If expectations are set very low, even mediocre results will lead to euphoria. This is what happened to markets after European leaders surprisingly came to an agreement
on how to “save” the eurozone in the wee hours on Friday, after German
Chancellor Angela Merkel
was quoted on Tuesday
as saying there would be “no shared debt liability in her lifetime.”
Although it was Italy that beat Germany on and off the pitch Thursday night, with Balotelli scoring brilliantly
and Italian Prime Minister Mario Monti threatening to block talks
until he got what he wanted, the Spanish were the big winners. Eurozone bailout funds will be injected directly into the country’s teetering banks. In effect, 100 billion euros of Spanish government debt suddenly vanished, a much better magic trick than a clown making a 1 euro pencil disappear
. No wonder the country’s bond yields plunged 0.51 percent to 6.44 percent Friday morning.
Monti surely got what he wanted as well, with Italy expected to take advantage of a new arrangement that will allow the bailout fund to purchase sovereign bonds without subjecting the issuing government to Greek-style monitoring programs. He noted that this result was a “double satisfaction for Italy,” adding insult to injury to Frau Merkel, who is a devoted supporter of the German
national team. Italian government bond yields fell 0.30 percent to 5.85 percent on Friday.
But the markets’ euphoria was much more widespread. Standard & Poor’s 500 Index capped its biggest June rally since 1999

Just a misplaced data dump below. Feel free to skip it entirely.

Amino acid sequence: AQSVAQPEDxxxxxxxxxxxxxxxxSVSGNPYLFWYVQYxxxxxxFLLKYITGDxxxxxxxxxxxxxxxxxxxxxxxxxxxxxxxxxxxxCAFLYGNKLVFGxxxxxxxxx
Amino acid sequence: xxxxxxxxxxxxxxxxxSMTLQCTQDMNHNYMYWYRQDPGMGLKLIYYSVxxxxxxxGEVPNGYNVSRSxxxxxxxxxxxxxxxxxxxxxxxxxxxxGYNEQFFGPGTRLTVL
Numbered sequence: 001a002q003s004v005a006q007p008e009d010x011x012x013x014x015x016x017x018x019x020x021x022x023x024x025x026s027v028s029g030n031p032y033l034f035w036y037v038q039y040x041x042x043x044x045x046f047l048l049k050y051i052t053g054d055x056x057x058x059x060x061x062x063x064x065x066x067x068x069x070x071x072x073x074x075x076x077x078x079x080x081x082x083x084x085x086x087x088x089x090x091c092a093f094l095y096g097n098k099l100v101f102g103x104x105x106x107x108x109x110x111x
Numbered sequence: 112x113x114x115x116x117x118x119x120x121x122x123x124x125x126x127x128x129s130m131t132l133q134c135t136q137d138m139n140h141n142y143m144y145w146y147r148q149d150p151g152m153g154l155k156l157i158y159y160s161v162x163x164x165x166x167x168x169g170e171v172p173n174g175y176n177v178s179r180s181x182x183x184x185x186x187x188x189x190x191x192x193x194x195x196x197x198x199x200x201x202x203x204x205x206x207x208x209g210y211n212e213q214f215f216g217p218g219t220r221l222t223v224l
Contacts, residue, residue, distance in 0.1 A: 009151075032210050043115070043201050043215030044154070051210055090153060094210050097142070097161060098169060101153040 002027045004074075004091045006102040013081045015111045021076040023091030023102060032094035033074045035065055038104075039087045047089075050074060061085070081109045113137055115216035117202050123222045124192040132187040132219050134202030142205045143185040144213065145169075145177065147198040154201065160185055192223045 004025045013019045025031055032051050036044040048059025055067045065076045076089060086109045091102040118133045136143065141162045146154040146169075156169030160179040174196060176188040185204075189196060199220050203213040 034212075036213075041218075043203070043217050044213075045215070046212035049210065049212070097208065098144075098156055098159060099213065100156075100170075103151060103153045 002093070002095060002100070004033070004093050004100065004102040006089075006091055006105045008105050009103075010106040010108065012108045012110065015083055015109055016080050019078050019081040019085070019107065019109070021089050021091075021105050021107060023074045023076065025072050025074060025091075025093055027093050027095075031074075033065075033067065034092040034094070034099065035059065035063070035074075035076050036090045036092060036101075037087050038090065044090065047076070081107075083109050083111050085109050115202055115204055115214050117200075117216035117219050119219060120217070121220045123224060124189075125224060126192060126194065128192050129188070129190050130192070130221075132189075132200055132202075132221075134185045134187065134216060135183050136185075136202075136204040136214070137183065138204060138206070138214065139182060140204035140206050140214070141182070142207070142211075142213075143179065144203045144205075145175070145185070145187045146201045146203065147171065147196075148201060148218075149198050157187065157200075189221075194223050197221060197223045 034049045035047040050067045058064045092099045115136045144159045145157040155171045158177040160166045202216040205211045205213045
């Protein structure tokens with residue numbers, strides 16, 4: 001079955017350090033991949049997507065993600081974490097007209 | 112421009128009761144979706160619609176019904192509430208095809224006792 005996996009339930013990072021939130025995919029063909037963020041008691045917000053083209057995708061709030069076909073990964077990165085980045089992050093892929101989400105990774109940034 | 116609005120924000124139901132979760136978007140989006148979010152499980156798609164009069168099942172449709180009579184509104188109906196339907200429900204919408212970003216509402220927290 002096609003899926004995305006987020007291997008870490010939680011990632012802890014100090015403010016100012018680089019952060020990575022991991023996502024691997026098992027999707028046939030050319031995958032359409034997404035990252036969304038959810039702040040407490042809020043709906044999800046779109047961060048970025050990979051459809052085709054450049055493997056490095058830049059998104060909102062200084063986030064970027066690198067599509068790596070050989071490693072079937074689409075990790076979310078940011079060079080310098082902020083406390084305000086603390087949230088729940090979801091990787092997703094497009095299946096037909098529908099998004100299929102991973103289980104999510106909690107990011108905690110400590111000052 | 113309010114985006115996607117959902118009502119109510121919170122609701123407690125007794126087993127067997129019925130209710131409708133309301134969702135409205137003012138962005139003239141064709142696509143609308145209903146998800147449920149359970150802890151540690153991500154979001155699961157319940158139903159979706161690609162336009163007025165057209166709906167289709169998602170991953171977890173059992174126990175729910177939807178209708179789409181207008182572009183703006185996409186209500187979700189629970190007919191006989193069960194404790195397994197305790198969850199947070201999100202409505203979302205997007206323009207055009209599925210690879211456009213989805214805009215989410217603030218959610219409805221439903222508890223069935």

. Emerging markets (EMs) were equally jubilant, with the MSCI EM Index jumping 2 percent. This is not that surprising, either: The European Union
purchases nearly one-third of the exports coming from the 21 countries (including Turkey) that make up the index, and eurozone banks are the biggest lenders to EMs
There is definitely reason to be cheerful, especially on the long-term implications of the agreement. For example, Spanish banks will be rescued after the creation of a single banking supervisor to be run by the European Central Bank. This is an important step towards a banking union, which many experts have deemed necessary to fix the eurozone’s problems.
But I don’t think bond purchases would be of much use, although I have heard several economists, most recently Richard Portes
, argue strongly for them. For one thing, as my blog’s
host Nouriel Roubini tweeted on Friday, the proposal suffers from the Bulow-Rogoff critique: The two economists argued in an influential paper
back in 1988 that creditors, not sovereign debtors, are the main beneficiaries of debt buyback programs.
More importantly, after the Spanish bank rescue, the bailout fund will have 400 billion euros left in the coffers. Italy and Spain have more than 2.3 trillion euros of government bonds, so you should not expect miracles from the fund, especially if the Italians and Spaniards decide to tap it at the same time. Maybe, the winner of Sunday night’s game
could earn seniority.
Therefore, it is likely that markets will sober up soon. As for Frau Merkel, there are still no Eurobonds in sight, so she doesn’t yet need to start planning her exit from this world. And there is the World Cup in two years.